As the December deadline approaches for New Mexico to decide whether or not it will proceed with a controversial diversion of the Gila River, a former director of the state’s Interstate Stream Commission (ISC) testified on April 30 to the ISC that the proposed diversion would result in “a failed project that would produce little or no water” and be a “major waste of money, time, and effort.”
Norm Gaume, an engineer who headed the ISC from 1997 to 2002, took his old agency to task for shoddy and misleading analysis of the diversion’s benefits and costs, and for denying his requests for a copy of the commission’s “secret model.”
Gaume urged the ISC to “immediately commit to an open, transparent public process so that you can make an informed, well-considered, rational and legitimate decision.”
The Gila is one of the few remaining undammed rivers in the United States, and the only one in New Mexico. It boasts one of the healthiest cottonwood-willow riparian forests in the desert southwest, one of the highest concentrations of breeding birds in North America, and the most intact native fish community in the Colorado River Basin.
Last year, scientists found the rare northern Mexican gartersnake (Thamnophis eques) – a candidate for the federal endangered species list and previously thought to be extirpated from New Mexico – living in the Gila’s floodplain.
In 2014, the conservation group American Rivers named the Gila one of the nation’s top ten most endangered rivers, citing the threat of the proposed diversion.
For decades, New Mexico officials have proposed damming the Gila to expand water supplies in the southwestern region of the state. The latest proposal to divert some of the river’s flow to an off-stream reservoir emerged as part of the 2004 Arizona Water Settlements Act (AWSA), a deal to settle water rights claims in Arizona and New Mexico.
On paper, New Mexico got rights to 14,000 acre-feet (4.56 billion gallons) of the Gila’s annual flow.
But as Gaume points out in his written report, those rights exist only on paper. Because those rights are the most junior, far less water – “much less than half” – would in reality be available to New Mexico.
In addition to the project’s estimated capital costs of $280 million to $469 million – only about $100 million of which would be covered by federal subsidies – Gaume estimates that the energy costs to pump the diverted water and the “exchange fees” New Mexico must pay to compensate the more senior water rights holders in Arizona would render the project’s operation “inordinately costly.”
“Existing water rates for project beneficiaries would more than double and $100s of millions of state funding would be required for construction,” Gaume testified.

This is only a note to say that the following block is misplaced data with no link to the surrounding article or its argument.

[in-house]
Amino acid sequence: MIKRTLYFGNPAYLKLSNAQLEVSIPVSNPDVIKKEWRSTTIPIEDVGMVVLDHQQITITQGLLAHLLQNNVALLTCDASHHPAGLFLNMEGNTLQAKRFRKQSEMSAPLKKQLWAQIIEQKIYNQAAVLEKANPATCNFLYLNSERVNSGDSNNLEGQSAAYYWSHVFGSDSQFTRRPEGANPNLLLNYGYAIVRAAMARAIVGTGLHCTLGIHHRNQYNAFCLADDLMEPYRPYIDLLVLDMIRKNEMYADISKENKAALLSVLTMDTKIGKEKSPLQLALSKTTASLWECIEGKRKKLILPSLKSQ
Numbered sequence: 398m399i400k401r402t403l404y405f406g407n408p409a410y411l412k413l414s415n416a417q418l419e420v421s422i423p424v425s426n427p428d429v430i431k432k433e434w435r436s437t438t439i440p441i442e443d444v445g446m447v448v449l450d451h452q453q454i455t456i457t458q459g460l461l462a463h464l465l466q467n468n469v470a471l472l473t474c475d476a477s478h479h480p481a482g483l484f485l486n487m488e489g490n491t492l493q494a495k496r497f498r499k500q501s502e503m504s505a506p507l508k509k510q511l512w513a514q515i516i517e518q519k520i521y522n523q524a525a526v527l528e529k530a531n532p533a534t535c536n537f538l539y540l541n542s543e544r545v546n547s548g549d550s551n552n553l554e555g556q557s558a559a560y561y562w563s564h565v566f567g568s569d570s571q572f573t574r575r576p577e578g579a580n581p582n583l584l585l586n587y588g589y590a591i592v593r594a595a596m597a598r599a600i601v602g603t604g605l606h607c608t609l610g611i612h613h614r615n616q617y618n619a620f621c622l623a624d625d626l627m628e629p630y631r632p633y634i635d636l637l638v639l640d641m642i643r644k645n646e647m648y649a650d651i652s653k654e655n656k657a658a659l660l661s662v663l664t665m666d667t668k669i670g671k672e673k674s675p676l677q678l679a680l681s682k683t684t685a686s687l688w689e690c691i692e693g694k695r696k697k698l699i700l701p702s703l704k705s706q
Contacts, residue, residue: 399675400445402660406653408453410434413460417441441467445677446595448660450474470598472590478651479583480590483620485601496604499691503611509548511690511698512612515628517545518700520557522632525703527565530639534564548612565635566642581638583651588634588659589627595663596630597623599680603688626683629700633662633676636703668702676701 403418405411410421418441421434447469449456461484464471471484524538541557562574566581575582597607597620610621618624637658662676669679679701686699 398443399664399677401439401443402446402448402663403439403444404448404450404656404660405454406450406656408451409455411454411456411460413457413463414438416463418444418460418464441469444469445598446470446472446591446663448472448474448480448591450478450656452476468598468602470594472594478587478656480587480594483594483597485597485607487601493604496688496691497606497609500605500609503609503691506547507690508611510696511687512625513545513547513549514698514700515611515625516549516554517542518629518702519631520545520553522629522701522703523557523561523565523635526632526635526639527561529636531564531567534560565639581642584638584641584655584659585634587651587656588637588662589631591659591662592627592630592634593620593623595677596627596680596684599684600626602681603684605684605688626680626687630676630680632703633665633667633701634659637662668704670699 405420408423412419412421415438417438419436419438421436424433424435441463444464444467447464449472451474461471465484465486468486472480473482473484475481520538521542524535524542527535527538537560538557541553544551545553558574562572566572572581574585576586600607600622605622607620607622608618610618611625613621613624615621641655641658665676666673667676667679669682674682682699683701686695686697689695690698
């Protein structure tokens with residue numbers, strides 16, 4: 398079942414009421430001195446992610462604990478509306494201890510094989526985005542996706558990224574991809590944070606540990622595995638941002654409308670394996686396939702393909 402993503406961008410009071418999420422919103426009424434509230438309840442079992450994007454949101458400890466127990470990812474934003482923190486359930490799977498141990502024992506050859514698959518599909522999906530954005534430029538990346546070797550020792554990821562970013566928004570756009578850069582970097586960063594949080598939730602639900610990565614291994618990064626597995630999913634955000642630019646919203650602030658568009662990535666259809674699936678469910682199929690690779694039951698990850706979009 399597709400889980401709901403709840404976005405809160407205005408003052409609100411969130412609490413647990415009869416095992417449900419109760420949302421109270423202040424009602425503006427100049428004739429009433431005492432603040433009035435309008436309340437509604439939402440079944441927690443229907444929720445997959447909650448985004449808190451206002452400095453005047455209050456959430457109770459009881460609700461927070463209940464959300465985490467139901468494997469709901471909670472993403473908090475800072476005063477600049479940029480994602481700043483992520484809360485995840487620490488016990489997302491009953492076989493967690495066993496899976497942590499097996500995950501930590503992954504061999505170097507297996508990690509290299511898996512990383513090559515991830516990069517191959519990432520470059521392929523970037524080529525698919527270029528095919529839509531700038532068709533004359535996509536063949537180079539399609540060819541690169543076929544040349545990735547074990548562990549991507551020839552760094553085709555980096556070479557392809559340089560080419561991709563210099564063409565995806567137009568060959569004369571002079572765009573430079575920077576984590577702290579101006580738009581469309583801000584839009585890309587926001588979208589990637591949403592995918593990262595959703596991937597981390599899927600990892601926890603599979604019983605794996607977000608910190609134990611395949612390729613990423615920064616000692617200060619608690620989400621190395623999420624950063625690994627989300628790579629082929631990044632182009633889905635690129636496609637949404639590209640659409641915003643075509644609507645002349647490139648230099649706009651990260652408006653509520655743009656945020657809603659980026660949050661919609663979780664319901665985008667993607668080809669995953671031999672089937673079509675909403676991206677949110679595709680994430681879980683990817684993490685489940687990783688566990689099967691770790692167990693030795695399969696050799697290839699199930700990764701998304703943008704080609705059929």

The downsides of the diversion don’t stop with ecological harm to the river, reduced recreational values, loss of biodiversity, higher water rates for local communities, and a stiff construction bill for New Mexico taxpayers.
They also include foregoing for perhaps a decade or more the $66 million that the AWSA makes available for projects to help meet local water needs in southwestern New Mexico, including urban and agricultural conservation measures, sustainable groundwater use and other solutions that make better use of local water supplies.
Such projects would generate new supplies at far less cost than the diversion scheme and could get under way almost immediately.
When facts and sound analysis are applied, it’s hard not to see the Gila diversion as a losing proposition all around.
Moreover, a poll conducted in 2013 found New Mexicans to be strongly opposed to the Gila diversion, with 61 percent of respondents siding with the no-diversion position, once they were informed about the project’s details, and 36% siding with the pro-diversion position.
With ecological, economic and democratic principles all pointing to the same conclusion – that the diversion project should be abandoned, and local conservation, recycling and groundwater projects begun – why are the state’s public servants still promoting it?
Many a political water legacy was built on big dams and diversions in the 20th century, to be sure. But the notable legacies of the 21st century will be strategies that creatively demonstrate how cost-effective, ecologically sound water management can maximize the value of our limited water supplies.
Sandra Postel is director of the Global Water Policy Project, Freshwater Fellow of the National Geographic Society, and author of several books and numerous articles on global water issues. She is co-creator of Change the Course, the national freshwater conservation and restoration campaign being piloted in the Colorado River Basin.